By Edmond Ng and James Pomfret
HONG KONG (Reuters) -Hong Kong pro-democracy media outlet Stand News shut down on Wednesday after police raided its office, froze its assets and arrested senior staff on suspected "seditious publication" offences in the latest crackdown on the city's media.
The raid raises more concerns about press freedom in the former British colony, which returned to Chinese rule in 1997 with the promise that its freedoms, including a free press, would be protected.
The police action prompted censure by Germany and the U.N. Human Rights Office, which said it was alarmed at the "extremely rapid closing of the civic space and outlets for Hong Kong’s civil society to speak and express themselves freely".
Stand News, set up in 2014 as a non-profit organisation, was the most prominent remaining pro-democracy publication in Hong Kong after a national security investigation this year led to the closure of jailed tycoon Jimmy Lai's Apple Daily tabloid.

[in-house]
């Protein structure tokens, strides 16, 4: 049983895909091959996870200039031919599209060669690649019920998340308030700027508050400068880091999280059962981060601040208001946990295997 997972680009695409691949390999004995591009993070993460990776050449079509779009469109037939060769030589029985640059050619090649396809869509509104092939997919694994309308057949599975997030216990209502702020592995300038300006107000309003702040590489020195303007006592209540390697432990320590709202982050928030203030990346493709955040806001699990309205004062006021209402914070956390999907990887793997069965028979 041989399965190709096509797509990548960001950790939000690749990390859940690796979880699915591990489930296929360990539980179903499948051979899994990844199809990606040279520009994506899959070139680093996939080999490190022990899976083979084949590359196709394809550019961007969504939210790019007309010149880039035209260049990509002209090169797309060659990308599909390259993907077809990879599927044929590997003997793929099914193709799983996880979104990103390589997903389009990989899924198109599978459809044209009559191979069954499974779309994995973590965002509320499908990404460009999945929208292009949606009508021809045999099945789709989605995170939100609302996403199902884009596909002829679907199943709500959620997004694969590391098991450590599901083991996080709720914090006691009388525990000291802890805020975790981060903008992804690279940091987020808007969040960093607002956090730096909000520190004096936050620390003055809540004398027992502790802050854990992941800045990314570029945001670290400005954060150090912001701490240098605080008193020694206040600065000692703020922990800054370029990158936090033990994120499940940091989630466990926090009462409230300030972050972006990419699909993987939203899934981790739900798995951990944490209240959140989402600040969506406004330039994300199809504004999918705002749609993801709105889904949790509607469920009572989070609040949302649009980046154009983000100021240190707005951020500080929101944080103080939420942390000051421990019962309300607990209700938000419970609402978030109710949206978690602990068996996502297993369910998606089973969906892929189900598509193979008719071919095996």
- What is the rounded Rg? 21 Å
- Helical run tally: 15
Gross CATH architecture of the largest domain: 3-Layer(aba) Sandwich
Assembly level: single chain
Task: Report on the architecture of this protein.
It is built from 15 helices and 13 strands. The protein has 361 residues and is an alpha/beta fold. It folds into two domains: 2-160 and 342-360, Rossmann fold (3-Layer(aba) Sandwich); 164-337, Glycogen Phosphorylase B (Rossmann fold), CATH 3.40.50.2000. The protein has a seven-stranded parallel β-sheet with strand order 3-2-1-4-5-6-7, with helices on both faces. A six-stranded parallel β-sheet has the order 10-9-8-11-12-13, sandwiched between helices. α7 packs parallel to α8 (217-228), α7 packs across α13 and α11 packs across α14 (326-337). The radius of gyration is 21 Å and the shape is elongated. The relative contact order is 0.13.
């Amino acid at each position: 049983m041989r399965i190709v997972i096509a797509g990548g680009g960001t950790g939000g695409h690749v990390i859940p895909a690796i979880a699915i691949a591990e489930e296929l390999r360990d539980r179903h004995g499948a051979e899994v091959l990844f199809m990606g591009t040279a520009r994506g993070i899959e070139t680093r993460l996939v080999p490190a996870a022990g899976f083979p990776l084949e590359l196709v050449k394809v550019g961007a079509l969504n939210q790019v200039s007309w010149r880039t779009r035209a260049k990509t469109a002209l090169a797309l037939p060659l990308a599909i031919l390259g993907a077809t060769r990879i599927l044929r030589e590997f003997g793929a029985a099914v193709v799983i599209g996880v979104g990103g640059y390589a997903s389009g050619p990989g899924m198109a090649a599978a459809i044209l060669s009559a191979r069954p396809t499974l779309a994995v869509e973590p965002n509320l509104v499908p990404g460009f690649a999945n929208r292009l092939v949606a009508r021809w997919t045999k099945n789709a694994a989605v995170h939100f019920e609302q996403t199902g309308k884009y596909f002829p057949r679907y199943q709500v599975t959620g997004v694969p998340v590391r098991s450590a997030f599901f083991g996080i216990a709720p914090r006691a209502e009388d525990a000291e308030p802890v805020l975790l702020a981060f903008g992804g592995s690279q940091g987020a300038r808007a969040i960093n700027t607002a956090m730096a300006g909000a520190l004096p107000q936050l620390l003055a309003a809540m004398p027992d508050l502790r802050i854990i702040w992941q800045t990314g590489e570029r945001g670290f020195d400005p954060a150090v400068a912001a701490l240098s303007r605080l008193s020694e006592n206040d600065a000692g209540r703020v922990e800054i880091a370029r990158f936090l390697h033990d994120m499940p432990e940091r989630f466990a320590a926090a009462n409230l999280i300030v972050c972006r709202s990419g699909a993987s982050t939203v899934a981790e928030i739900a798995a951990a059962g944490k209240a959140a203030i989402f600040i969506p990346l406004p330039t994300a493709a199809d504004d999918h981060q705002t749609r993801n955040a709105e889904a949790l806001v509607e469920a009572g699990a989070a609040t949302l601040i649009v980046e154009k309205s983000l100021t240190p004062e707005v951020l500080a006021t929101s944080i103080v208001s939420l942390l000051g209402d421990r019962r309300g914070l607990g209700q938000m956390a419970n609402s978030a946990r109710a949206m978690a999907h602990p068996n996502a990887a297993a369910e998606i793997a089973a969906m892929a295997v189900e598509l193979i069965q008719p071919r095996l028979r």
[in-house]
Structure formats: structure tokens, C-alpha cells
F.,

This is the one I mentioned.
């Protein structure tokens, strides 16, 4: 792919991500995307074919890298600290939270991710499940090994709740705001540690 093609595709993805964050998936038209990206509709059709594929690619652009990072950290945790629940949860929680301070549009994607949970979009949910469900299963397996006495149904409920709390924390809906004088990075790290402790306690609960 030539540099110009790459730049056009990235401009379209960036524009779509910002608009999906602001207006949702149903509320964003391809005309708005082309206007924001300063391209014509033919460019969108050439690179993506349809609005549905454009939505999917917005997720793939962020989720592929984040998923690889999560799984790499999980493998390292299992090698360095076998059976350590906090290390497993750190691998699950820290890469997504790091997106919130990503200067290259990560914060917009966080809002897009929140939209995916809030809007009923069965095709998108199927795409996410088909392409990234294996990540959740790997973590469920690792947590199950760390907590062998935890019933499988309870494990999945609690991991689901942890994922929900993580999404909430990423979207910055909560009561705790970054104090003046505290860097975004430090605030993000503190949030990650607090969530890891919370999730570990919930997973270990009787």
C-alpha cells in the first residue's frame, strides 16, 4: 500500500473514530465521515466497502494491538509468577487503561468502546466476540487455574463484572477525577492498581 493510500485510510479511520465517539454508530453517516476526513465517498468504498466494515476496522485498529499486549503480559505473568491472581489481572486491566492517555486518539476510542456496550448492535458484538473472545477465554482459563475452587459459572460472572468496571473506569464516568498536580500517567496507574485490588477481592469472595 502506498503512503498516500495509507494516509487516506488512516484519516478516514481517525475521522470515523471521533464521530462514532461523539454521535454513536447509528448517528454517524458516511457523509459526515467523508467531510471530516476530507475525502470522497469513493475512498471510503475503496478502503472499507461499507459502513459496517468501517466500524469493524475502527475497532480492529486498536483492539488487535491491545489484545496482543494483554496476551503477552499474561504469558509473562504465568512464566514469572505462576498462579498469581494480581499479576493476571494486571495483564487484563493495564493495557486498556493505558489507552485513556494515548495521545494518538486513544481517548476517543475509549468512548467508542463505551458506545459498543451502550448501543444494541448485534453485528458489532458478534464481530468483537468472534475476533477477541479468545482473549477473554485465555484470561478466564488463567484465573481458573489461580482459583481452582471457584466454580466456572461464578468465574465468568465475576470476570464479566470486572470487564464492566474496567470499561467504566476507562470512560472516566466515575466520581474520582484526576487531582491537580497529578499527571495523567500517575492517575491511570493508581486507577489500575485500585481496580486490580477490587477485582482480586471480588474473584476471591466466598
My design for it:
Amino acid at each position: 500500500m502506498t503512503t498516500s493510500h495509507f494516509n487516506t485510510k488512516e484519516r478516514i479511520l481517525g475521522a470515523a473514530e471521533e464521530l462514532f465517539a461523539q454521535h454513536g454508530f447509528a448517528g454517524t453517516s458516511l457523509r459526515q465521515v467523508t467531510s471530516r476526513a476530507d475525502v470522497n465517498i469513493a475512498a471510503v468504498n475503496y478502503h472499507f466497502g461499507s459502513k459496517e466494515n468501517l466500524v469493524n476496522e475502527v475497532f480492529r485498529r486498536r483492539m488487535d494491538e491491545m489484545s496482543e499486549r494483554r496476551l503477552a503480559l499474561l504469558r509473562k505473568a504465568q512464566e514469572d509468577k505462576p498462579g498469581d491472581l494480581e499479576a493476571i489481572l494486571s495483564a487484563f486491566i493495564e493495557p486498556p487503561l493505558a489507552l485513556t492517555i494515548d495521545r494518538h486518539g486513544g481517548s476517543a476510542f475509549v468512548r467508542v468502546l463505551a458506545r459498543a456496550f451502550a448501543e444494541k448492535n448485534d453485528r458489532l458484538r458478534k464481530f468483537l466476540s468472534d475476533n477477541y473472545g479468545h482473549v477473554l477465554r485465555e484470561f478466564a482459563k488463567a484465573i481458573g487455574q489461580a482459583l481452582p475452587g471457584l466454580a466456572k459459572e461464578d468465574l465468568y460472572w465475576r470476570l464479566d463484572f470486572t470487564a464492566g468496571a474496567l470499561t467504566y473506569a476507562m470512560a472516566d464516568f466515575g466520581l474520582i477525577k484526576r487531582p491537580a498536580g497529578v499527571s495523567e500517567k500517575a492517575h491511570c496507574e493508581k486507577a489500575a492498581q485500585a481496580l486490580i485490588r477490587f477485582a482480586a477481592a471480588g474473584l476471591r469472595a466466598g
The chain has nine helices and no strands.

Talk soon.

"Stand News is now stopping operations," the publication said on Facebook, adding all employees had been dismissed.
Sedition is not among the offences listed under a sweeping national security law imposed by Beijing in June 2020 that punishes terrorism, collusion with foreign forces, subversion and secession with possible life imprisonment.
But recent court judgements have enabled authorities https://www.reuters.com/world/china/court-rulings-free-hong-kong-police-probe-older-offences-under-security-law-2021-10-19 to use powers conferred by the new legislation to deploy rarely used colonial era laws covering sedition.
Steve Li, head of the police national security department, told reporters Stand News had published news and commentary inciting hatred against authorities.
He said some of the articles said protesters went missing during the city's 2019 pro-democracy unrest or were sexually harassed, which he called "factually baseless" and "malicious". Li also said some articles falsely claimed the Communist Party extended its powers through the city's independent courts or called for foreign sanctions.